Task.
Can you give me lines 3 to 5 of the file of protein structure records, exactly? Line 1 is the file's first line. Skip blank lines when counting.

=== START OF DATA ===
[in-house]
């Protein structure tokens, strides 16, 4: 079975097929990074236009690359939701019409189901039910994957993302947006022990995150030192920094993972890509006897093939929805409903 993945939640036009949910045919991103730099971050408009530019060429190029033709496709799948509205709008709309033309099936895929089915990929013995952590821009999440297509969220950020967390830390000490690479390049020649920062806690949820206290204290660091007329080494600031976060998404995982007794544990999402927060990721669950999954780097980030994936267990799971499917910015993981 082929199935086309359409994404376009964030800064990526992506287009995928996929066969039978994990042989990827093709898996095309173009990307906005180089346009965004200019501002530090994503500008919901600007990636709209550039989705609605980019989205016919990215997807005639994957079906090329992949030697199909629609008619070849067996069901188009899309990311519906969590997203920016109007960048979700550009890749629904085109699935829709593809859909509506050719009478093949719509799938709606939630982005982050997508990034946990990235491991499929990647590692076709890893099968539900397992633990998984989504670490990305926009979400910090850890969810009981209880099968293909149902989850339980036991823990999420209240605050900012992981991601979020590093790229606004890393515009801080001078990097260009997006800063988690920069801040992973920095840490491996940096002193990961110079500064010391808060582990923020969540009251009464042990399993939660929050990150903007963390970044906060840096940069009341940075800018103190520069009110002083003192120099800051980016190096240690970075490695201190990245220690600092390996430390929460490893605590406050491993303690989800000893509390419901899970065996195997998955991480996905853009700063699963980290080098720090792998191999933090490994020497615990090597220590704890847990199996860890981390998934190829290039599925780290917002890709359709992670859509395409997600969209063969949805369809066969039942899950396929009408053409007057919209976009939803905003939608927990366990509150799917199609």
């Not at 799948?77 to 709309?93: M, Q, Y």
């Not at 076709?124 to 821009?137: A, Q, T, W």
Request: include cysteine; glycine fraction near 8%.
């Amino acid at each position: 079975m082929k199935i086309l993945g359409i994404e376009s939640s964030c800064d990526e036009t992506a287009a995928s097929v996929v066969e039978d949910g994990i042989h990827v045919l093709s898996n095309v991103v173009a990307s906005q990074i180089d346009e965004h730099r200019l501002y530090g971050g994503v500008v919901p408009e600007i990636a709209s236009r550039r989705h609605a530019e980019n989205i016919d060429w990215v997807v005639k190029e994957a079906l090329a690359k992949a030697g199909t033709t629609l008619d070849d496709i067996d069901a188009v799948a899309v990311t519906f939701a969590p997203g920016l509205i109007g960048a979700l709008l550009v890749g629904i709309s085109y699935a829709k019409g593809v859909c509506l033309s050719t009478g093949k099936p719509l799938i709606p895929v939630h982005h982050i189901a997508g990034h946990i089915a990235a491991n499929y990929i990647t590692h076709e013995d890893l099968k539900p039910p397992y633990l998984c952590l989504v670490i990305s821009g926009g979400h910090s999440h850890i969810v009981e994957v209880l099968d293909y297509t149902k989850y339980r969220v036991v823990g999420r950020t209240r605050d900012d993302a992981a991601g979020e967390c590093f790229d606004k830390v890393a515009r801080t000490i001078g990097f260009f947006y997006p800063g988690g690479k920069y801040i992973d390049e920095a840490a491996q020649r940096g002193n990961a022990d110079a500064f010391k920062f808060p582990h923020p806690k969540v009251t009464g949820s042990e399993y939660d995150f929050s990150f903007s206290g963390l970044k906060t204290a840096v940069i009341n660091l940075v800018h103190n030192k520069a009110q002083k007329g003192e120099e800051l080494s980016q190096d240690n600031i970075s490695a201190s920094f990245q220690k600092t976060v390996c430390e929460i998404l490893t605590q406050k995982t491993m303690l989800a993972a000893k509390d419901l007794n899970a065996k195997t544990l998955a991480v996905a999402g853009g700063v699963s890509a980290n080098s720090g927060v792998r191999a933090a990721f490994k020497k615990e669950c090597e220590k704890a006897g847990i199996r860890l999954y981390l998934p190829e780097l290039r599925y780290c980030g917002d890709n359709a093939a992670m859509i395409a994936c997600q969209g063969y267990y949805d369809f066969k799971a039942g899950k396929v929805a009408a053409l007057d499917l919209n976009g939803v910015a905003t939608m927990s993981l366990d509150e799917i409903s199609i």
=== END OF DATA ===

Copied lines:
């Not at 799948?77 to 709309?93: M, Q, Y």
């Not at 076709?124 to 821009?137: A, Q, T, W």
Request: include cysteine; glycine fraction near 8%.